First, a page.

News & Analysis
News & Analysis

Did China Retaliate with a Currency War?

5 August 2019 By GO Markets


A Currency War

Did China retaliate with a Currency War?

Monday kicked-off with a bang with plenty of big moves in the financial markets. A risk-off sentiment prevails in the markets as dark clouds of trade tariffs resurfaced and are overshadowing the markets. Investors are awaiting for China to retaliate.

However, the significant fall in the Chinese Yuan might already be “the” signal that Beijing has used its currency for retaliation.

The Chinese Yuan fell below a symbolic level of 7 to the US dollar for the first time in more than a decade after The People’s Bank of China sets Yuan reference rate at 6.9225 – the lowest level in 2019. The central bank blames the tumble in the Yuan on the escalating trade tensions but tried to downplay the 7.00 psychological level.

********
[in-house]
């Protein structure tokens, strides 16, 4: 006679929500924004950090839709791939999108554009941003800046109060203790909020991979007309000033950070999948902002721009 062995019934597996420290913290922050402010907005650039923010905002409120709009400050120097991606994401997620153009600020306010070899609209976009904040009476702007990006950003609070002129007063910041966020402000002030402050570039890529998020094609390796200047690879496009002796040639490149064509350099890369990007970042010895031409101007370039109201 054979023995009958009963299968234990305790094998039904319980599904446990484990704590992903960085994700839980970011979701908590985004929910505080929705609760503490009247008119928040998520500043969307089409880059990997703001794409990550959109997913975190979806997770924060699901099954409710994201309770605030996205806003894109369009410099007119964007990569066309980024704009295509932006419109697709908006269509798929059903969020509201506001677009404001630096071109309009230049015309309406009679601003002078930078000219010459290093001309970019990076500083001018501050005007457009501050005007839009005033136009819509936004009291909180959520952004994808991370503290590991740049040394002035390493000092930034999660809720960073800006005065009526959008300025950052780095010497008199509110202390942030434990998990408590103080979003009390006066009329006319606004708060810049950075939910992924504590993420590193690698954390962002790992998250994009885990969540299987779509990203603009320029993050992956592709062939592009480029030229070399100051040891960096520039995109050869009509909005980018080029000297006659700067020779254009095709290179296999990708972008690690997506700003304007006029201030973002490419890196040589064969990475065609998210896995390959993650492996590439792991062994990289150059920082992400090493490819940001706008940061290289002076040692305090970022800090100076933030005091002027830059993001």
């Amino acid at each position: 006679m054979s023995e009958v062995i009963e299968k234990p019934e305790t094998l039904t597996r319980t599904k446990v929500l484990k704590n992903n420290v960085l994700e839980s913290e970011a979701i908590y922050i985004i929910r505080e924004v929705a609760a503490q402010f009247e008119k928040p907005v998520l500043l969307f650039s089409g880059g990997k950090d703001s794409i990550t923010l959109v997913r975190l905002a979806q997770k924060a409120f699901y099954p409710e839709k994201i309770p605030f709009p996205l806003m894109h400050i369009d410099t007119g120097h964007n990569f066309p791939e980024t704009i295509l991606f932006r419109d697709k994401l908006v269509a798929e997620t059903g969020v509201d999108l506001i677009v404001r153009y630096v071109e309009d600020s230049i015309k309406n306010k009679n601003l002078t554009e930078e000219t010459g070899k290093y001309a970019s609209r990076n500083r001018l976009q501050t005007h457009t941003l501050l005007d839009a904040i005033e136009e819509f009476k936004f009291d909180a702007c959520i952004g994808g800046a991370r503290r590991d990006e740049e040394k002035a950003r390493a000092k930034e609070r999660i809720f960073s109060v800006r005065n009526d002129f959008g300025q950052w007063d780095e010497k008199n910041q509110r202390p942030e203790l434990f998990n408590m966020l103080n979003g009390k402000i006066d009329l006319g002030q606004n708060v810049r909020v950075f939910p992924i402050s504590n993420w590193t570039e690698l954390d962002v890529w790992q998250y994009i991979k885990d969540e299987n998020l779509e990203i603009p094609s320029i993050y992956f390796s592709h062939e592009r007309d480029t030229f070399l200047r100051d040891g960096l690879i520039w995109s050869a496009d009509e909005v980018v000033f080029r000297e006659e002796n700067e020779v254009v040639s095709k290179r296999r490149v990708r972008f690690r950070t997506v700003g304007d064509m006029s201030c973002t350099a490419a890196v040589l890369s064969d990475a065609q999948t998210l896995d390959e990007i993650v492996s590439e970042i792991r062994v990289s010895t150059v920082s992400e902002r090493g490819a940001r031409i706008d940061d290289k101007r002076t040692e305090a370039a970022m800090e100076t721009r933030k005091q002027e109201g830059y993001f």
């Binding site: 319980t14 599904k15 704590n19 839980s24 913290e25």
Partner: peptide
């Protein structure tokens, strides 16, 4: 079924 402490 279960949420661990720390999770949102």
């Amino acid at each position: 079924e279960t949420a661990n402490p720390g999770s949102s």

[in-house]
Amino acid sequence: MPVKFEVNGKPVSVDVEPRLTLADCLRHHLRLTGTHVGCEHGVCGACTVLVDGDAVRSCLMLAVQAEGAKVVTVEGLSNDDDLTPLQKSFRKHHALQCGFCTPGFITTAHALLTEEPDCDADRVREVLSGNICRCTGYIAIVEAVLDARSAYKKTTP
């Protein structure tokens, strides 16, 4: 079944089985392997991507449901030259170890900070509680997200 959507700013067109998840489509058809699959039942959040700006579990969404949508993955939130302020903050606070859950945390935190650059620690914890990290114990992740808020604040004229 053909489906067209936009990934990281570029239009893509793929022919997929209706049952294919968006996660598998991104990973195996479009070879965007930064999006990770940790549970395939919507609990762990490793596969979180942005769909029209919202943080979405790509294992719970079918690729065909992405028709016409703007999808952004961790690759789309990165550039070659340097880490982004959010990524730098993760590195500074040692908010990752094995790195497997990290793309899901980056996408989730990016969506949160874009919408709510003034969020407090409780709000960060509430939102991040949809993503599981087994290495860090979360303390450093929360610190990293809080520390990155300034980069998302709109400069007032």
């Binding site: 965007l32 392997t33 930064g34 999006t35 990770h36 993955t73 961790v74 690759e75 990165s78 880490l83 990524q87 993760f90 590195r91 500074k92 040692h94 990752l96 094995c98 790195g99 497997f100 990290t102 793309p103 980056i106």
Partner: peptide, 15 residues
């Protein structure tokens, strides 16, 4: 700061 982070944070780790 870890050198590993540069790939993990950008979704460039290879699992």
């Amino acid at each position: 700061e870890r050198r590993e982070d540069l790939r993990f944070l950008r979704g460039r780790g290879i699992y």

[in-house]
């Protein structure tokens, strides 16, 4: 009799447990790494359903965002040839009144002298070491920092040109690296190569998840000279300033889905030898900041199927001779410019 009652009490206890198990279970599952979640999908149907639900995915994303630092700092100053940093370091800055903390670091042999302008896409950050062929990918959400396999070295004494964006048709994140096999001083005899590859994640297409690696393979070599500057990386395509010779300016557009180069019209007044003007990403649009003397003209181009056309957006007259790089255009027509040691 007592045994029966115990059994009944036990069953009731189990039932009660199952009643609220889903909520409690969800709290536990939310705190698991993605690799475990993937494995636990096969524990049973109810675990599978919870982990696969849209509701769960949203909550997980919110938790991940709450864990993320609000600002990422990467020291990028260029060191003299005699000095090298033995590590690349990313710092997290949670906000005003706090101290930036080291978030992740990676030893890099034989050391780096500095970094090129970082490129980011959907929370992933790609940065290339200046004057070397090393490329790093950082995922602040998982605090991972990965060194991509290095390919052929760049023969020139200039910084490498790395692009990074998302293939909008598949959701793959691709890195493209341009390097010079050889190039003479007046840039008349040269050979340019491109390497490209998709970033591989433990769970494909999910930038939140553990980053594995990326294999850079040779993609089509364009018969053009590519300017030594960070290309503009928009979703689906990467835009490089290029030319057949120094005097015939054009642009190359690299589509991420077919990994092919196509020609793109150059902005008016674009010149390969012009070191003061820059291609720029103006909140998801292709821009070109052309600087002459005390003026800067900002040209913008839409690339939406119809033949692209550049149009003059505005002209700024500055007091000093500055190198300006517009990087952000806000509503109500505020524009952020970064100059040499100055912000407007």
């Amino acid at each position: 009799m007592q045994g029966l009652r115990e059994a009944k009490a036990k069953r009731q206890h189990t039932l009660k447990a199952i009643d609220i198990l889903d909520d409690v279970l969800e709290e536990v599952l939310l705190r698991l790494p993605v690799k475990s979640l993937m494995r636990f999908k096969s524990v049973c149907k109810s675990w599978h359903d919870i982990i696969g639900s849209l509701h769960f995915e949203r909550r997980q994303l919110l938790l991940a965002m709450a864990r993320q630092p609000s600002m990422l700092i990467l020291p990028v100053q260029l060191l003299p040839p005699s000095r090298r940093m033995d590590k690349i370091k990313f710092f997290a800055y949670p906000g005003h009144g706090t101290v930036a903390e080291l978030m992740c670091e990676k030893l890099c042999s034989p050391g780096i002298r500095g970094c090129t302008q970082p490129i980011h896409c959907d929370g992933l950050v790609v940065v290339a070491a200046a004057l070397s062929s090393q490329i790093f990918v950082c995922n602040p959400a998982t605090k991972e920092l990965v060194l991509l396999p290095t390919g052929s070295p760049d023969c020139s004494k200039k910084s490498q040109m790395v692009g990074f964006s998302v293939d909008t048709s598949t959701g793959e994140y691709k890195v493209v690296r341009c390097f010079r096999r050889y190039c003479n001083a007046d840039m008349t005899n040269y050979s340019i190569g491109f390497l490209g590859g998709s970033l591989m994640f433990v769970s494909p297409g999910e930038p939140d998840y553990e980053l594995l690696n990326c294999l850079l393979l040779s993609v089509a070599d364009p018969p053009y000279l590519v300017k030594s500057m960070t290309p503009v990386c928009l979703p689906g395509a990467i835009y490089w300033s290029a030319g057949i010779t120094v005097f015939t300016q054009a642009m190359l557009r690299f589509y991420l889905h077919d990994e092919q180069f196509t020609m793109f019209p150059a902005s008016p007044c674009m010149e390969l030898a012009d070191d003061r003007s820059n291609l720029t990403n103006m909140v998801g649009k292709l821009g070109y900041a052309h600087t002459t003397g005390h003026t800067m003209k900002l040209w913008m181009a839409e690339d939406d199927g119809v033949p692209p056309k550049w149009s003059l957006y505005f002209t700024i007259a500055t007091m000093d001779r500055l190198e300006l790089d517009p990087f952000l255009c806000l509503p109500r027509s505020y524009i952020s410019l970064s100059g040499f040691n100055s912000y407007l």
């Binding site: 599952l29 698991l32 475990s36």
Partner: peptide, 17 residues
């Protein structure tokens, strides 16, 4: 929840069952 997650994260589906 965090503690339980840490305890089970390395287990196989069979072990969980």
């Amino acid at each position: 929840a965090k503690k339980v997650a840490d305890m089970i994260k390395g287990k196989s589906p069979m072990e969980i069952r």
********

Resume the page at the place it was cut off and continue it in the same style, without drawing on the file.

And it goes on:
chinese yuan rising

The weaker Yuan created havoc in the markets as investors turned risk-off on fears that a currency war has ramped up. The move has pulled other Asian currencies down to the exception of the Japanese Yen, which is bolstering higher on haven flows.

asia basket market movement

Source: Bloomberg Terminal

The Aussie dollar was also weaker against the US dollar and dropped to 7-months low at 67.48 US cents during the Asian trading hours.

aud weakens against usd

In the stock market, Asian shares were in a sea of red. The sell-off was exacerbated when Bloomberg reported that China had asked state purchasers to halt imports of American agricultural products.

world equity indices

Source: Bloomberg Terminal

Attention is now on President Trump’s reaction to the Yuan’s slide. European and US futures tumbled, and the markets are poised to a negative open.

yuan causes stocks and US futures to fall


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